Some Help from the Left

You hear a lot of weird things on the late-night “Coast to Coast” radio program, from UFO sightings to demonic possessions to every variety of conspiracy theory, but an advertisement we heard last night from “Progressives For Immigration Reform” might have topped them all.
From both the “Progressive” and the “For Immigration Reform” parts of the name you would expect the spot to be in support of the Senate’s bill calling for some phony-baloney border enforcement and a very real “path to citizenship” allowing millions of illegal immigrants to vote for the Democrats in upcoming elections, but the weird part was that group was against it. The group is not only against the border enforcement portions of the bill, something they seem to take seriously, they also argue against the idea of bringing in more illegal immigrants. All of the arguments were couched in terms of environmentalism and the depressing effects of mass immigration on the wages of low-skilled workers, which accounts for the “progressive” portion of the name, and apparently the sort of immigration reform that they are for is quite different than what the Senate has in mind.
There’s nothing surprising about progressives finding reasons to oppose mass immigration, which has traditionally been opposed by labor leaders ranging from Samuel Gompers to A. Phillip Randolph to Cesar Chavez, and which is an affront to the anti-population-growth elements of the environmental movement, but we were nonetheless surprised to hear any of them come right out and say so. The Democratic party has collectively concluded that the Senate bill serves its interests, and all of the factions within usually fall in line. This is most conspicuously true in Congress, where it takes some extreme home state or home district political pressure to get a Democrat to buck the party line, but even the rank-and-file members of our acquaintance are almost always willing to accept the party’s position even when a favored is clearly against their self-interest.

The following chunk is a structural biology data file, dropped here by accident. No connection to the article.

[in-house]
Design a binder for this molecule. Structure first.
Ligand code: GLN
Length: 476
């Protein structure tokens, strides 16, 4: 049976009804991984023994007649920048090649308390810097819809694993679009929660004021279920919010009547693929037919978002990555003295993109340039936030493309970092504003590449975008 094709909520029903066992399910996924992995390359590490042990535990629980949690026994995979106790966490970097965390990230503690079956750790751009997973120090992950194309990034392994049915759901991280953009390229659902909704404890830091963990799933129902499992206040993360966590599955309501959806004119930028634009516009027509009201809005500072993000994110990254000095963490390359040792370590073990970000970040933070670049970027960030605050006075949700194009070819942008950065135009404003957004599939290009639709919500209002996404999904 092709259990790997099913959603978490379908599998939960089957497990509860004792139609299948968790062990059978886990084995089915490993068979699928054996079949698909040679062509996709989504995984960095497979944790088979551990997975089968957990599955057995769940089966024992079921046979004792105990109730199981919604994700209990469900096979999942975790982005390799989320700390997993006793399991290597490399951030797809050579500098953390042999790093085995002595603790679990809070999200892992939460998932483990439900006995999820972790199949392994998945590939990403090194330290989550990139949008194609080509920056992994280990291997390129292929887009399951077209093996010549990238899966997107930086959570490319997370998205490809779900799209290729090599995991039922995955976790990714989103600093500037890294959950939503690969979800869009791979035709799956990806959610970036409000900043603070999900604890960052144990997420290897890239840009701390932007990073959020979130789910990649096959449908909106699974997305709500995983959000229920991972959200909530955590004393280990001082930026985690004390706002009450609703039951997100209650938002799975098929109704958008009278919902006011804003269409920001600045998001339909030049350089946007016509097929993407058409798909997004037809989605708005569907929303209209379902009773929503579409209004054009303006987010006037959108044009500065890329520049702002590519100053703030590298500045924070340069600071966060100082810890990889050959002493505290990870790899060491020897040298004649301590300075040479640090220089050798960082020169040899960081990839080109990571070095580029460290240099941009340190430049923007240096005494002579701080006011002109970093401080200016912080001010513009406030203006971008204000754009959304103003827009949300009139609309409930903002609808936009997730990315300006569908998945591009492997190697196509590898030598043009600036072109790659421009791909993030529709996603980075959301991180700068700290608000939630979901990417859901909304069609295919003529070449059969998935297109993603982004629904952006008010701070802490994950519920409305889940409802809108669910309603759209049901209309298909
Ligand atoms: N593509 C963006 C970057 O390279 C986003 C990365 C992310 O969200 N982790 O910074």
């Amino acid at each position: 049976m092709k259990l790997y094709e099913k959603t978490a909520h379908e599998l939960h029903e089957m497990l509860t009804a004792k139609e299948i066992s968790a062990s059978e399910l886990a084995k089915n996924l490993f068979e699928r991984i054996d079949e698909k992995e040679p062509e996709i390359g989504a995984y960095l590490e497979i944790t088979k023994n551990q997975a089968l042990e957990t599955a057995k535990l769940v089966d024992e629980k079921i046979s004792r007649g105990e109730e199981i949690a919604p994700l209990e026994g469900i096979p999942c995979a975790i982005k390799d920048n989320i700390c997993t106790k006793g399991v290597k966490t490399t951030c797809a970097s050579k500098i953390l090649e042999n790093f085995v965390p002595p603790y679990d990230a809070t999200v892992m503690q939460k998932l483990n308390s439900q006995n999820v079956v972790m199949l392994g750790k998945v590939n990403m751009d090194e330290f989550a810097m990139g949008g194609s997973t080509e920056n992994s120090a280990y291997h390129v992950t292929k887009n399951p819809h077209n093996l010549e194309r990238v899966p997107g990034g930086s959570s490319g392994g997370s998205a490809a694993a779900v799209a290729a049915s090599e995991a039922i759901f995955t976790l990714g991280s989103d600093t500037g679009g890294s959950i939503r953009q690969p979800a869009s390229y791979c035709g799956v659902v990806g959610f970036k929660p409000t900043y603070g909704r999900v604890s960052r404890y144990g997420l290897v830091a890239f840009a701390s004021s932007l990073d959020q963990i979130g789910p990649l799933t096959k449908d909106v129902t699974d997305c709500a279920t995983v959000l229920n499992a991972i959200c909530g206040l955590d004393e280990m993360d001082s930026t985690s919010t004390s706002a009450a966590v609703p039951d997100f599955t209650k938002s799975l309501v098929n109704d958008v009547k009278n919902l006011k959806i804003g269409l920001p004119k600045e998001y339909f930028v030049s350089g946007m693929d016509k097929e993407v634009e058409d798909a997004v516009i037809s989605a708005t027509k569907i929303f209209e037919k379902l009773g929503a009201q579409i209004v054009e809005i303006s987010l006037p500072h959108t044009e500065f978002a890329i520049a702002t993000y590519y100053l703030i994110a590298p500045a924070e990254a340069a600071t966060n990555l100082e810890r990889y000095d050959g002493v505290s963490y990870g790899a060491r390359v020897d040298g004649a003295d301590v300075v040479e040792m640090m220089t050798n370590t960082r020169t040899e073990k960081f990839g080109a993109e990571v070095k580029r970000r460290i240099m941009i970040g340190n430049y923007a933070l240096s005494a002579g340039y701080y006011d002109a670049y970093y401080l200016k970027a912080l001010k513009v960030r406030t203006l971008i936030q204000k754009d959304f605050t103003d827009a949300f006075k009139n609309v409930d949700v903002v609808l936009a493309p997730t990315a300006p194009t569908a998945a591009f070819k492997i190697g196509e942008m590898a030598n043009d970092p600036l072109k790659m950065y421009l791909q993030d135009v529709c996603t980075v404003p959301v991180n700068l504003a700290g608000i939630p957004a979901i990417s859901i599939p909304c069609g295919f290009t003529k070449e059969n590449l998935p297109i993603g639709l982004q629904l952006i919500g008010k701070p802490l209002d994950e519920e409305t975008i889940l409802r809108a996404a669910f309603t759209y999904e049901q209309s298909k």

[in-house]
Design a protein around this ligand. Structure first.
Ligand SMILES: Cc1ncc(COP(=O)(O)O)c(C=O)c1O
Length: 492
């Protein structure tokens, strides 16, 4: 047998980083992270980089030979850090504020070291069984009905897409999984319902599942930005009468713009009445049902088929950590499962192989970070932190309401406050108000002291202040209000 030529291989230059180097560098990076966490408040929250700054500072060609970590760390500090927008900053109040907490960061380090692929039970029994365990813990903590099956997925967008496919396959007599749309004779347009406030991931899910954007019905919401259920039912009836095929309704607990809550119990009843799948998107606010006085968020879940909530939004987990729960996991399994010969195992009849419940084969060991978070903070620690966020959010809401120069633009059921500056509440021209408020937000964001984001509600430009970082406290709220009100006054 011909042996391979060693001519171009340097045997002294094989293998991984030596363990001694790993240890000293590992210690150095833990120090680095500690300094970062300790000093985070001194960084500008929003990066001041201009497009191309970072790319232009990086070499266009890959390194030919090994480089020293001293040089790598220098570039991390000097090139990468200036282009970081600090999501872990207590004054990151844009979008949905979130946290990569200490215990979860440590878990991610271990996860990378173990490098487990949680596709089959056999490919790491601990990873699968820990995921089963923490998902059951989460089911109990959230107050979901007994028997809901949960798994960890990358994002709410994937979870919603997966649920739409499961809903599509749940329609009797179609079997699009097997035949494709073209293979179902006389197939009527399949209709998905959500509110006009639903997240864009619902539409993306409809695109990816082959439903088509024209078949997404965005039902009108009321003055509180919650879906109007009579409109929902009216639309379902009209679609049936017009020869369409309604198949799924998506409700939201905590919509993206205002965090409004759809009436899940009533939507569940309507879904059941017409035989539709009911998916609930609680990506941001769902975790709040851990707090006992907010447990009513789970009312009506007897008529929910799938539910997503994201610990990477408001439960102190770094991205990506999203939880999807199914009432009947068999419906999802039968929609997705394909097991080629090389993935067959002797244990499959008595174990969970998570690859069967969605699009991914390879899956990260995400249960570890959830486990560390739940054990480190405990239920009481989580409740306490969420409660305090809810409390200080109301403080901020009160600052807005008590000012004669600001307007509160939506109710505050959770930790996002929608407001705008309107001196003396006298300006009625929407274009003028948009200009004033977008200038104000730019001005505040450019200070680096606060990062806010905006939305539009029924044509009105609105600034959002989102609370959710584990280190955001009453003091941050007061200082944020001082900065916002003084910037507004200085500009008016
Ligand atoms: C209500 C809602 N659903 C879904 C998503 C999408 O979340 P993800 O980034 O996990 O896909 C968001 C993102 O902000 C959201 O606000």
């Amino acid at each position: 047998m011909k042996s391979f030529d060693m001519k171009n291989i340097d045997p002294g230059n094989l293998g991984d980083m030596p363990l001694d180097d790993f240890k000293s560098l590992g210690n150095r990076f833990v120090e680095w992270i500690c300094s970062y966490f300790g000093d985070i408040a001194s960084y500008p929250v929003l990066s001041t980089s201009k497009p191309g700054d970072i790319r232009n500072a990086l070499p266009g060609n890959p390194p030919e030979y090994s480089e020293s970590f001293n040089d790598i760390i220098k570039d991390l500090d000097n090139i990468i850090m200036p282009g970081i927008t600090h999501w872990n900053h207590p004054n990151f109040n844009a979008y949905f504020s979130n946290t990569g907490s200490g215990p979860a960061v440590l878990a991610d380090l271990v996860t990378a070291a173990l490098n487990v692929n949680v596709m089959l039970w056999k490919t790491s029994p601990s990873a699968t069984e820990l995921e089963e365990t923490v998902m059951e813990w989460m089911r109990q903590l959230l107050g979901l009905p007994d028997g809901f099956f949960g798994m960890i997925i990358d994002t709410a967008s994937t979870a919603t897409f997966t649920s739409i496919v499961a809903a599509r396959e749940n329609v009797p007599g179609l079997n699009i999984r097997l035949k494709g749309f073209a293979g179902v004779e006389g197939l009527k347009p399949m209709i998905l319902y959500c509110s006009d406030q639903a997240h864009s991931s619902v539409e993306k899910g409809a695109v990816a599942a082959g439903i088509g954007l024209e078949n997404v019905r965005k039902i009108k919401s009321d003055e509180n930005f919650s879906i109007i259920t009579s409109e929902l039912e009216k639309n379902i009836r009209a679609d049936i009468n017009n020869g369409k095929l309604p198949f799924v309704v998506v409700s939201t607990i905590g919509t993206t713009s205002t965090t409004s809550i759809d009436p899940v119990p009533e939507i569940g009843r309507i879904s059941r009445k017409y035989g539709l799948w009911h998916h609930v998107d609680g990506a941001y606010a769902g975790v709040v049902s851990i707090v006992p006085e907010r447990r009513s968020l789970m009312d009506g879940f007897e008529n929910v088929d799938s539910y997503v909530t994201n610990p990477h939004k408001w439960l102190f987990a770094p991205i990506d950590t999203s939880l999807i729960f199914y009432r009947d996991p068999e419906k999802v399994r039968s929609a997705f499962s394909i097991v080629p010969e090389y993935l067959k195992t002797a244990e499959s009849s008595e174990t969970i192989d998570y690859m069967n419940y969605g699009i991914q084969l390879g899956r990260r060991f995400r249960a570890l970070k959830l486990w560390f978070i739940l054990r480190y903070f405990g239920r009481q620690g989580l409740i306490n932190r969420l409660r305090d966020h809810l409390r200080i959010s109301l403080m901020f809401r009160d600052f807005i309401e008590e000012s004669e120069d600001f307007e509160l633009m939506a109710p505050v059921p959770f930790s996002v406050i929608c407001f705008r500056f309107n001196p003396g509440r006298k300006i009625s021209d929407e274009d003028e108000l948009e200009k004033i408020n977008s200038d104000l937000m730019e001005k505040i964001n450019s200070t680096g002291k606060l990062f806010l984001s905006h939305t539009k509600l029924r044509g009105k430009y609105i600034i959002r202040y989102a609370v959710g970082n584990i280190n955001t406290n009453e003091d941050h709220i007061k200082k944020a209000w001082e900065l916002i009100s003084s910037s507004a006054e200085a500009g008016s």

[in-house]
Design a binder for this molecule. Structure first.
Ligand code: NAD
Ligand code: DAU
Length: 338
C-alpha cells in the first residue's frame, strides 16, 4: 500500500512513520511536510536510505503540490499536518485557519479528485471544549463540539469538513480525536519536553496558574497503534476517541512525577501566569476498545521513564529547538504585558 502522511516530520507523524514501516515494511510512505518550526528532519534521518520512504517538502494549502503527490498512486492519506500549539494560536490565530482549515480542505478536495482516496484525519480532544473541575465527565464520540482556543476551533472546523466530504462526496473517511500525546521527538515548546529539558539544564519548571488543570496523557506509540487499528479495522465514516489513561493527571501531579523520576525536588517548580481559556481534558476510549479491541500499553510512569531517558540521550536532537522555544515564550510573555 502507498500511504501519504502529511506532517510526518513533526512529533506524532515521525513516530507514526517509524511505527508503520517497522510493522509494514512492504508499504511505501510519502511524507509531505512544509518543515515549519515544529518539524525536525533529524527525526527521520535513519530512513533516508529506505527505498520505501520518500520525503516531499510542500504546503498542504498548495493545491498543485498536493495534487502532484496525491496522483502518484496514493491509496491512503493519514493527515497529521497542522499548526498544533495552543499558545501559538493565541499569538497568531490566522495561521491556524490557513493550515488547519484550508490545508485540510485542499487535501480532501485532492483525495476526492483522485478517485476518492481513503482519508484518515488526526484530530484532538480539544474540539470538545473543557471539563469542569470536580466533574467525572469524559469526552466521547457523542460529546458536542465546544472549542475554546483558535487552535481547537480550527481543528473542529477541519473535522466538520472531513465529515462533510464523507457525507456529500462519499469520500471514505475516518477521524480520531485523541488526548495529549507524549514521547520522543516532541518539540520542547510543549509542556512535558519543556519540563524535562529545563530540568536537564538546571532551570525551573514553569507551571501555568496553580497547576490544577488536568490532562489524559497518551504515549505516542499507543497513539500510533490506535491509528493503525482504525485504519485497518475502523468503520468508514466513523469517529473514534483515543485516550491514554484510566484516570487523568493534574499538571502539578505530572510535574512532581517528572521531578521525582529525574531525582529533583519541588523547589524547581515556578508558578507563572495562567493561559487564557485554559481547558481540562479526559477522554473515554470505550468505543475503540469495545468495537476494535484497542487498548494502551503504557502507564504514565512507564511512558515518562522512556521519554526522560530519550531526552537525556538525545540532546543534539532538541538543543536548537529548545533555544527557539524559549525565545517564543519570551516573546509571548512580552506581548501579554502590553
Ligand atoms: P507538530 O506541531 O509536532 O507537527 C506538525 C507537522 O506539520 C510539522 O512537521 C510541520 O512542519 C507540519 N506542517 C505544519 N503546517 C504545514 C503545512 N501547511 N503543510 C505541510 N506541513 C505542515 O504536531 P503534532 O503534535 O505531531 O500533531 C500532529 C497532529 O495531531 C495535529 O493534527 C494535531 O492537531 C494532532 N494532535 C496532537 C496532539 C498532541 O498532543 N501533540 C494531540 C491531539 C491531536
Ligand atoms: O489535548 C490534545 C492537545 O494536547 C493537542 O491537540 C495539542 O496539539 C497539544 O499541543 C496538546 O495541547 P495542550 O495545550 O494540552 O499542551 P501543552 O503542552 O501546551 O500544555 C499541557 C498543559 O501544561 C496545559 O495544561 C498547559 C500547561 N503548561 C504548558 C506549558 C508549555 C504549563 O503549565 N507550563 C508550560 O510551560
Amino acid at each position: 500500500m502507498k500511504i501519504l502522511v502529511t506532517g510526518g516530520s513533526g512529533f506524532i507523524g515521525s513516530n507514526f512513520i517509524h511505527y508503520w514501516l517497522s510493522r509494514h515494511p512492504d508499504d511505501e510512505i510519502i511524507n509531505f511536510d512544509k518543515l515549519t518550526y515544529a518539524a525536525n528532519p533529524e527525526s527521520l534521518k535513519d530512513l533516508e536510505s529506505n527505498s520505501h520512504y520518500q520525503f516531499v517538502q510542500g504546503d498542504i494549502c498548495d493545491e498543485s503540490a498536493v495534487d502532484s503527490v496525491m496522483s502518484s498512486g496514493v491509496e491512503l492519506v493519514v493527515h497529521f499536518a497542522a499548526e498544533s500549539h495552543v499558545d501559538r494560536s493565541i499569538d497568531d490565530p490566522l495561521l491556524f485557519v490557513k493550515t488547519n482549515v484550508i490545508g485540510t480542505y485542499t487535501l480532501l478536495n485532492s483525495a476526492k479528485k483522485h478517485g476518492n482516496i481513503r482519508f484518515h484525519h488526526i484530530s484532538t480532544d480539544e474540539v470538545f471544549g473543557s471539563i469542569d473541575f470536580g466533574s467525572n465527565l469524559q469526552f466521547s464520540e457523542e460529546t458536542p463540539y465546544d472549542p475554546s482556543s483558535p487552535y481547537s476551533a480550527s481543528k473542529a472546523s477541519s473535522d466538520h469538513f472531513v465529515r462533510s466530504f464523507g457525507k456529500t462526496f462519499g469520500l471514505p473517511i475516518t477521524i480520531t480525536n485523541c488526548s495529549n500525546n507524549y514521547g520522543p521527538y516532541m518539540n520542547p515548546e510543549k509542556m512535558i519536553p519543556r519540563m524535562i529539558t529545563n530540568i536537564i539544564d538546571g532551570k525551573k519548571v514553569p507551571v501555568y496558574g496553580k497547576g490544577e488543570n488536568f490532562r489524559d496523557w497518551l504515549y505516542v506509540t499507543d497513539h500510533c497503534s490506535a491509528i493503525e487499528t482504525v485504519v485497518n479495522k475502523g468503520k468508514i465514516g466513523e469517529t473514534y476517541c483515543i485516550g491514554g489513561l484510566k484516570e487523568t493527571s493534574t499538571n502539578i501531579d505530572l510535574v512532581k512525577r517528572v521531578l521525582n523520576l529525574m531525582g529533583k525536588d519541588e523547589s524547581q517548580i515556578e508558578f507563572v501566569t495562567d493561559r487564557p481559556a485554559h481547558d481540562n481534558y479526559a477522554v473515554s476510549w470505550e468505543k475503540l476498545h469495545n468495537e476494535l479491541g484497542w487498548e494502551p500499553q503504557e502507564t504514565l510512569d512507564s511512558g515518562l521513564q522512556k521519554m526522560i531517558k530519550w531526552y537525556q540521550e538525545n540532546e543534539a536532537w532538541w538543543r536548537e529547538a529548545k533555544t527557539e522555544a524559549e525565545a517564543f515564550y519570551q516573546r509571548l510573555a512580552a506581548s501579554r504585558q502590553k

Plenty of Republicans have endorsed the Senate’s bill, always giving ostensibly conservative reasons for doing, but conservatism is an individualist philosophy and party discipline is therefore less reliable. The rank-and-file of the GOP seem to be overwhelmingly opposed to the Senate bill, though, and we expect that few Republicans in the House will be willing to swim against that surging tide. Throw in a few Democrats more beholden to the black, green, and labor lobbies than the Hispanic vote and it might be enough to defeat the bill in the House.
The conservative arguments against the bill seem more persuasive to us than what the progressives are peddling, but we’re happy to have their help nonetheless. Their support is especially helpful because no one is going to accuse them of racism, and the notion that one needn’t be a Meskin-hatin’ redneck is a significant contribution to the debate.

— Bud Norman

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